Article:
I got a call from the Regional Center this afternoon.
Ms. D has been accepted!
I can't begin to tell you how much of a load has been lifted off me. It is really hard to get a child with FAS accepted in regional centers in California, even with a low IQ. Why? Because people with FAS seem so normal at first glance, with fairly good verbal abilities. Ms. D, even with a low IQ, is able to function fairly well with support. Fortunately, the psychologist at the regional center realized how much I have been supporting Ms. D and let me retake the functionality test with that in mind. I have been doing so much to be Ms. D's external brain for so long, I had to think about how she would function without my help. She needs reminders, she needs people to come alongside of her when she "freezes" and can't think, and she needs concrete, clear directions in a low stress environment to do most things. She is also pretty naive, impulsive, and has a simple, concrete way of relating to people. She is in danger of being victimized. FASD isn't something people grow out of, and she will always need some kind of support, either from her family, or from outside sources. http://www.nofas.org/living-with-fasd/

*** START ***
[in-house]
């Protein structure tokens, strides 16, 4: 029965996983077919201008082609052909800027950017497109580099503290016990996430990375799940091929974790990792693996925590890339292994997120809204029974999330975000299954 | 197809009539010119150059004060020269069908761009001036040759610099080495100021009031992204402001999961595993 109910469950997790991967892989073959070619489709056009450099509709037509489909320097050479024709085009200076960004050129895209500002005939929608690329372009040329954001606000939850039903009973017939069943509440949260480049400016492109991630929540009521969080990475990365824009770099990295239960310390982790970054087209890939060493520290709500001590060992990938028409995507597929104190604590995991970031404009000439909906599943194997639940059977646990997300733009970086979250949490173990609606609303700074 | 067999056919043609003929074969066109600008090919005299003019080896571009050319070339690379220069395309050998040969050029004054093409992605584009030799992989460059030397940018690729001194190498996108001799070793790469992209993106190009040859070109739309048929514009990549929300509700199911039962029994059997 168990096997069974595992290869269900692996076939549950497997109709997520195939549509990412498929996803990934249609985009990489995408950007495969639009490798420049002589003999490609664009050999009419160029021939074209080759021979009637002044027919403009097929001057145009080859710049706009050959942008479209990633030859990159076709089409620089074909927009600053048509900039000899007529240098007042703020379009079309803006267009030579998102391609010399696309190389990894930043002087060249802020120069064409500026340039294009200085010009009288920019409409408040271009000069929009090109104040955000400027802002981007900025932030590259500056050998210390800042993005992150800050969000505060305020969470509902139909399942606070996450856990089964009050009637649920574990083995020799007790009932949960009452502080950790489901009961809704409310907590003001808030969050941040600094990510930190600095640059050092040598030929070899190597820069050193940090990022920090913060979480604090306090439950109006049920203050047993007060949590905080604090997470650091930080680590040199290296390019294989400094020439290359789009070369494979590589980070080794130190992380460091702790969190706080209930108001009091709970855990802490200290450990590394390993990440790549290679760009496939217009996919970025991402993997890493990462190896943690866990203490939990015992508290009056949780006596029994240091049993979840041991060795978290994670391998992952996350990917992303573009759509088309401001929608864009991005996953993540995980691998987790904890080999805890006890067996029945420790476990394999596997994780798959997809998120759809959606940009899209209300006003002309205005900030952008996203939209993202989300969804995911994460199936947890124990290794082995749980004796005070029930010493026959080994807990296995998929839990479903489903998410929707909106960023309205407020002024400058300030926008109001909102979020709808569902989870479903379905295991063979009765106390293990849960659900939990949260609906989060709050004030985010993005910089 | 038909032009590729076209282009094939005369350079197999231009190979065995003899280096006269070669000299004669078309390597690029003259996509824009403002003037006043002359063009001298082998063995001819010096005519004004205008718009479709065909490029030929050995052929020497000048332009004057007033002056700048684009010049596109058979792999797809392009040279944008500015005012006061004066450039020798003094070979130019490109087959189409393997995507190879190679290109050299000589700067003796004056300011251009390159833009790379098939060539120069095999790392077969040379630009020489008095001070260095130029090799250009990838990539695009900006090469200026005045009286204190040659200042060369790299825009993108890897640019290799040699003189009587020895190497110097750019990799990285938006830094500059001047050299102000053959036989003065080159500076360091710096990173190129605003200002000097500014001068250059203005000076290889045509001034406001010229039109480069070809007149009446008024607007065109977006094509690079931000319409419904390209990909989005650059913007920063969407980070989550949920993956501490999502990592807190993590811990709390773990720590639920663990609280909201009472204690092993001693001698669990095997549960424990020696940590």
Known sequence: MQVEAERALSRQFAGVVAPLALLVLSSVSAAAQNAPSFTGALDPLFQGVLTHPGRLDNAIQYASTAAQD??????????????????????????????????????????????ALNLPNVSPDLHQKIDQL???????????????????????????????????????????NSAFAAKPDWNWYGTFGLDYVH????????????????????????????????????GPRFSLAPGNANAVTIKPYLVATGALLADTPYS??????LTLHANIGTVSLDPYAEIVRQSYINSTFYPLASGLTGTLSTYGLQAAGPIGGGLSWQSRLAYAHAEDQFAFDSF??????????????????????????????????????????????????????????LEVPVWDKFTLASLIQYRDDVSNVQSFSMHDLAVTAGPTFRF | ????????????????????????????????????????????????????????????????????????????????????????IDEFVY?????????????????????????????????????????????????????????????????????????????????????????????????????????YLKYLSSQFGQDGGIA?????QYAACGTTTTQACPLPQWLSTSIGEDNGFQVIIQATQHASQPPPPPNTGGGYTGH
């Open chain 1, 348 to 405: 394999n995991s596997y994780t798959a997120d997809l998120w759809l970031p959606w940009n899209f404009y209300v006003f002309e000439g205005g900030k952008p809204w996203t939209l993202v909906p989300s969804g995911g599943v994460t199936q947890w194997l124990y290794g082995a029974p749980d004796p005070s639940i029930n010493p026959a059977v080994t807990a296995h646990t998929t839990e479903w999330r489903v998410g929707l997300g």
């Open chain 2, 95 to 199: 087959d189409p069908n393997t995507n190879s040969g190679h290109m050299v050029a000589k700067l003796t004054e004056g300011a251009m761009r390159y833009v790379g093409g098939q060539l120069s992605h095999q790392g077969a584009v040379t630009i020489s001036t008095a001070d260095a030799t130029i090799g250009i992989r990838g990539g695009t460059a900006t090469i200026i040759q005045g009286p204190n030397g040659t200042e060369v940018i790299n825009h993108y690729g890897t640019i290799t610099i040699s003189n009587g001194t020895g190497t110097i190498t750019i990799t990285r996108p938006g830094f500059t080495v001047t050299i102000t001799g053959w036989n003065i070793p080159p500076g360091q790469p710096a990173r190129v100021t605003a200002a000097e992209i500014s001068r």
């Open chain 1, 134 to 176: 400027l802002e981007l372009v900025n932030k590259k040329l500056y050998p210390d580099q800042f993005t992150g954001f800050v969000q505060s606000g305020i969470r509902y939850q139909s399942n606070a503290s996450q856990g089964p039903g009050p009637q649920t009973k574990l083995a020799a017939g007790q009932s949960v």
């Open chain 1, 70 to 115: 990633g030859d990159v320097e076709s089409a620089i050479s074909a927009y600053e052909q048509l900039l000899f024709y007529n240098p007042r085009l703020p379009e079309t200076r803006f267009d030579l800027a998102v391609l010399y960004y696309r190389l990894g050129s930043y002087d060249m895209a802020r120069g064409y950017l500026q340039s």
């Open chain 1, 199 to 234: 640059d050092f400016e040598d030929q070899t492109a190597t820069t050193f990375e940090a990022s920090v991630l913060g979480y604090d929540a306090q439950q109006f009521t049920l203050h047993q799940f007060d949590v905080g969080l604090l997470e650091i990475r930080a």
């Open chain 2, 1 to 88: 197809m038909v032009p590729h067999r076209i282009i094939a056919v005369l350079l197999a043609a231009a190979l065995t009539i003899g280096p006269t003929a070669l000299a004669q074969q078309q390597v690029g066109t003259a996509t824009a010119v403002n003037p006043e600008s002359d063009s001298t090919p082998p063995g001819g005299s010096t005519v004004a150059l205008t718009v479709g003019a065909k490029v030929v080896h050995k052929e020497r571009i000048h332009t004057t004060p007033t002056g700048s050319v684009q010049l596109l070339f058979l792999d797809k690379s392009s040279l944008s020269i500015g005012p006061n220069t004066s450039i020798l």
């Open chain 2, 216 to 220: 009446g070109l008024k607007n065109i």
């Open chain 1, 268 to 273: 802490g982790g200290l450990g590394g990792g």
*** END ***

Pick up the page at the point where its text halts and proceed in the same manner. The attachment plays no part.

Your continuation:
I fully plan to support her as long as I can, but I need to make preparations in case she goes back to the birth family or something happens to us. It also might be nice to have extra help in job training, housing, and other things like that. I'll find out in a week or so what is available for Ms. D. I want her to be as successful as possible.
In a way, I'm a bit saddened that Ms. D will need support when she is an adult. I think most parents want their kids to become independent and mature. It bothers me that Ms. D has a handicap that most others can't see, so they expect more than she can deliver. I worry about how she'll end up, whether she'll be safe, or if she'll make really stupid decisions. I sometimes get angry when I think that this all could have been avoided, had her birth mother not been an alcoholic. It's hard to see your child suffer.
On the other hand, I'm so happy that Ms. D will be able to get more help. I'm surprised that the psychologist at the regional center changed her mind. Most parents of kids with FASD that I know in California can't get the help they need for their children. Ms. D is not the usual regional center client, so I'm relieved that Ms. D was accepted.
This was a miracle! Happy Dance!